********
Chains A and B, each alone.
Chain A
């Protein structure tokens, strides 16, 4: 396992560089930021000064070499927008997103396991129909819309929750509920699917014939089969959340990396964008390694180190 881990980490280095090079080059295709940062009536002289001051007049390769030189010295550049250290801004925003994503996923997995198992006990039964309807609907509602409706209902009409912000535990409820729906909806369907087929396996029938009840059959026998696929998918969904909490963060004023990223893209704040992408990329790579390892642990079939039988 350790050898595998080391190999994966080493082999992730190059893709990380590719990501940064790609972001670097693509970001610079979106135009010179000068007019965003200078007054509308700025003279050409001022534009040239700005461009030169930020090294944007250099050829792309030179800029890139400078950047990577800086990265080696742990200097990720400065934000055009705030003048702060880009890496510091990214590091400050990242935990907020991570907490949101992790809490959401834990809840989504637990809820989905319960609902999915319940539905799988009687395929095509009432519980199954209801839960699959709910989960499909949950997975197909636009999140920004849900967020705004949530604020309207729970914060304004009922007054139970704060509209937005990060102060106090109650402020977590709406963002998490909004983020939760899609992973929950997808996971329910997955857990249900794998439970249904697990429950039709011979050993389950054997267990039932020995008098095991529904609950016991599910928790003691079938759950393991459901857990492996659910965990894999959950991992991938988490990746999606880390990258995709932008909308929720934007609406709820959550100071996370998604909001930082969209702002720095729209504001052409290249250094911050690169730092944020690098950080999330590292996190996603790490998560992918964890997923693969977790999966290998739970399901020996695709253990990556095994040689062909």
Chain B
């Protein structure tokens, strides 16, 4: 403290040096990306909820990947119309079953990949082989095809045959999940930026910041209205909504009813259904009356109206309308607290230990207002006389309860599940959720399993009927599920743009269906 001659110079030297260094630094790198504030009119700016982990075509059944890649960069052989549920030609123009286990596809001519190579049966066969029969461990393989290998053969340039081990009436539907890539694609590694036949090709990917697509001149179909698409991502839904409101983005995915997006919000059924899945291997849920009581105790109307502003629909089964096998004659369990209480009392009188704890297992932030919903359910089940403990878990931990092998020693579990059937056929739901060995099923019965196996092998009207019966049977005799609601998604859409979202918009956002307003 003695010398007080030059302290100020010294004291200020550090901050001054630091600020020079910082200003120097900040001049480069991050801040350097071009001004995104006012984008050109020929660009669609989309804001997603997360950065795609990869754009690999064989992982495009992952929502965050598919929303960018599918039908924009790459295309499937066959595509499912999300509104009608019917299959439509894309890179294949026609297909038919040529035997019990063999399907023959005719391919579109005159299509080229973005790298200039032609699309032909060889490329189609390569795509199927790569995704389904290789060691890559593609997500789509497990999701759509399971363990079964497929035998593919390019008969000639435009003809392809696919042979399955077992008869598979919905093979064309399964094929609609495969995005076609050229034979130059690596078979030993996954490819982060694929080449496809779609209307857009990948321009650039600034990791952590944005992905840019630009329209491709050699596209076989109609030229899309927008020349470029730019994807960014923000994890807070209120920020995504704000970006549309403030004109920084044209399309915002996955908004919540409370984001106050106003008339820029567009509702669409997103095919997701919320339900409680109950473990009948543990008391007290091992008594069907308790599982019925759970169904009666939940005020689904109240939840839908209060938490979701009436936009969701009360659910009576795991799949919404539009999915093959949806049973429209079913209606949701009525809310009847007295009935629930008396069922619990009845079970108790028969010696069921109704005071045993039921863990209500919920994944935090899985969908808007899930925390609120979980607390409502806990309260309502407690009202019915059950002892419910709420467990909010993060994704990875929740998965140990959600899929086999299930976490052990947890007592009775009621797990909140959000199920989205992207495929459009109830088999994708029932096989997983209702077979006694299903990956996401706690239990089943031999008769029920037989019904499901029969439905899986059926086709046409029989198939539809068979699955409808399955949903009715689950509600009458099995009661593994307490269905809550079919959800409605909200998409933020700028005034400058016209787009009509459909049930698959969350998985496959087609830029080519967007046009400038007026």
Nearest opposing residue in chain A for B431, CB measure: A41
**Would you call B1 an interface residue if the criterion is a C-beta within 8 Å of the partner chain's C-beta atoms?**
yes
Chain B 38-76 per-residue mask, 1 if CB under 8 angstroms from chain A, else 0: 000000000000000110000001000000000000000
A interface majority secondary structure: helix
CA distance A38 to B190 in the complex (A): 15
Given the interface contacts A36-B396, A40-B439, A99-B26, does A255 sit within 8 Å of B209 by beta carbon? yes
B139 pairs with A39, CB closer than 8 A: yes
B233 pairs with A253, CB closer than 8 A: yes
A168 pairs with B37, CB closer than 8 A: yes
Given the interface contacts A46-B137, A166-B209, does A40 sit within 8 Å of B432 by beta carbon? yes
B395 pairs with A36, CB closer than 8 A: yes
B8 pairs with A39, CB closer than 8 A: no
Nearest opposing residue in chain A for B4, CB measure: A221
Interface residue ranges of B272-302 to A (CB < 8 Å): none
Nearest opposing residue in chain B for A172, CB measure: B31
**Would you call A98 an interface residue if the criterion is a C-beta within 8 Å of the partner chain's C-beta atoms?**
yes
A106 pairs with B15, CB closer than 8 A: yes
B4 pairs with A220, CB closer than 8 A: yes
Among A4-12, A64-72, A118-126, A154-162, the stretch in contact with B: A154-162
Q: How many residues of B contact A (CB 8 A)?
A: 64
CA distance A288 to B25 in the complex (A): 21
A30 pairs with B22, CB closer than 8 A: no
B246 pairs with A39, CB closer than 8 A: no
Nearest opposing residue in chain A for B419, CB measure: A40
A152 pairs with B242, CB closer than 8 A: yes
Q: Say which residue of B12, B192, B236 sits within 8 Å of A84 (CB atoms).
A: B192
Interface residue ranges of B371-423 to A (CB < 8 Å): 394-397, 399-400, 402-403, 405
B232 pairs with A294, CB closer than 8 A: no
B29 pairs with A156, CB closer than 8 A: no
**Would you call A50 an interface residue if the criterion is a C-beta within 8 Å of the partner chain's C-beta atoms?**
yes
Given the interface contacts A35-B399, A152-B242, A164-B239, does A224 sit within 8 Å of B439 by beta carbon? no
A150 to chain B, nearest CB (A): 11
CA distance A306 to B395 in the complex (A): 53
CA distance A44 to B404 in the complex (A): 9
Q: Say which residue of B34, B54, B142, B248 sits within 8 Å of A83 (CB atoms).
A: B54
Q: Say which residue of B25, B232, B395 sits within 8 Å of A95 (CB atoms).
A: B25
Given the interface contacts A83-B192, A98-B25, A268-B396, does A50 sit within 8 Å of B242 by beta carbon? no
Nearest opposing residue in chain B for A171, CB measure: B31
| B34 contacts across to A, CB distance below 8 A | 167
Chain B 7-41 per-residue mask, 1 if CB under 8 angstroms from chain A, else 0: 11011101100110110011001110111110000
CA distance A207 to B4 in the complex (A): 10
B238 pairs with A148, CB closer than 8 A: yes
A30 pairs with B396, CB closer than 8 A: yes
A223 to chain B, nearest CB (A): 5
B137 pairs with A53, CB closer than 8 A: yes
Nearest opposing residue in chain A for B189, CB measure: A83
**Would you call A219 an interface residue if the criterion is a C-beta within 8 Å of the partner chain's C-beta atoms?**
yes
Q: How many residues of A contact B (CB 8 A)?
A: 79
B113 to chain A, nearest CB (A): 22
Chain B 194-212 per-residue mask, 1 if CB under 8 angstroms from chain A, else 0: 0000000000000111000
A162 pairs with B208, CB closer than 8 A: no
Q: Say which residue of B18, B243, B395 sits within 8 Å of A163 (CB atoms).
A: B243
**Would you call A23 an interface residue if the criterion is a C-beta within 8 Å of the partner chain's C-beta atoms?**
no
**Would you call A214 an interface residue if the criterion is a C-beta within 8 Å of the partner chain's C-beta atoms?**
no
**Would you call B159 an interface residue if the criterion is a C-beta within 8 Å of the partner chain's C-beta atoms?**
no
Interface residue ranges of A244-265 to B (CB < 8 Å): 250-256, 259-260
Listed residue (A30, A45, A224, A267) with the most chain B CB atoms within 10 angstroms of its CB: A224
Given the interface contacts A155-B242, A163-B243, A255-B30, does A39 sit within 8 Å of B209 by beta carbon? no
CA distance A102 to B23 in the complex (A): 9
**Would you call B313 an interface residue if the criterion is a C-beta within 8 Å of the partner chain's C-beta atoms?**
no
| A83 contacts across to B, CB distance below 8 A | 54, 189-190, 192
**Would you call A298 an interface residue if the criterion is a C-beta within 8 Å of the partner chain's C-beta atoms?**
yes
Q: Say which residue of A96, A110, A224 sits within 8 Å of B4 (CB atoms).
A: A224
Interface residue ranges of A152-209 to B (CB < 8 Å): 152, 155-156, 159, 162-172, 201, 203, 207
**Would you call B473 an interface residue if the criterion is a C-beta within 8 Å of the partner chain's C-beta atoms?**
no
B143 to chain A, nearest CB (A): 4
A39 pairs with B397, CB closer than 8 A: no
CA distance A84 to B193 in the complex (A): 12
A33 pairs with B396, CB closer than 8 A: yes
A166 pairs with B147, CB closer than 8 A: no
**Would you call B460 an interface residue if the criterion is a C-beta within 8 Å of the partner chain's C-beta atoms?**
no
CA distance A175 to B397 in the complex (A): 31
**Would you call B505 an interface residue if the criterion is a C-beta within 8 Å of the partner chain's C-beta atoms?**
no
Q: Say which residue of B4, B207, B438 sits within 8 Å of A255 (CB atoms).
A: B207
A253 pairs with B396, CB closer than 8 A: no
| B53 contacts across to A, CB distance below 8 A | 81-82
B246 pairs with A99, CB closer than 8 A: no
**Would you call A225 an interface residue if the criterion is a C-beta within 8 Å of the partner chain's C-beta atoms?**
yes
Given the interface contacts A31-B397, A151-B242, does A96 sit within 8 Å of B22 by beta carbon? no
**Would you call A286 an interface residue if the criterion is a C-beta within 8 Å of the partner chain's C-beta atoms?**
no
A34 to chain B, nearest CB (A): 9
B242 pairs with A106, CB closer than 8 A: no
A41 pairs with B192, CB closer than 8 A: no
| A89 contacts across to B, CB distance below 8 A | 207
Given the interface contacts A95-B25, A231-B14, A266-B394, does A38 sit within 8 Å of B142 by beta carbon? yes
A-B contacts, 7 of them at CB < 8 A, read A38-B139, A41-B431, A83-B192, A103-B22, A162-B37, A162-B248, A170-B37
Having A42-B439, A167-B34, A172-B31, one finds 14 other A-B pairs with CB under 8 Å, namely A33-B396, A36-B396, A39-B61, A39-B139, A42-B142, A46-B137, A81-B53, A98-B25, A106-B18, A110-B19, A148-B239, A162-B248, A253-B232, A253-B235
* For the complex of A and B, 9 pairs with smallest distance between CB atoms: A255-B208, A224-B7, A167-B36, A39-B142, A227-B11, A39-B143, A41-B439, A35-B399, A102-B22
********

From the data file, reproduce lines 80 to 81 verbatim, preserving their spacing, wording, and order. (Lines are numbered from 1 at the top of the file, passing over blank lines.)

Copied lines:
| A83 contacts across to B, CB distance below 8 A | 54, 189-190, 192
**Would you call A298 an interface residue if the criterion is a C-beta within 8 Å of the partner chain's C-beta atoms?**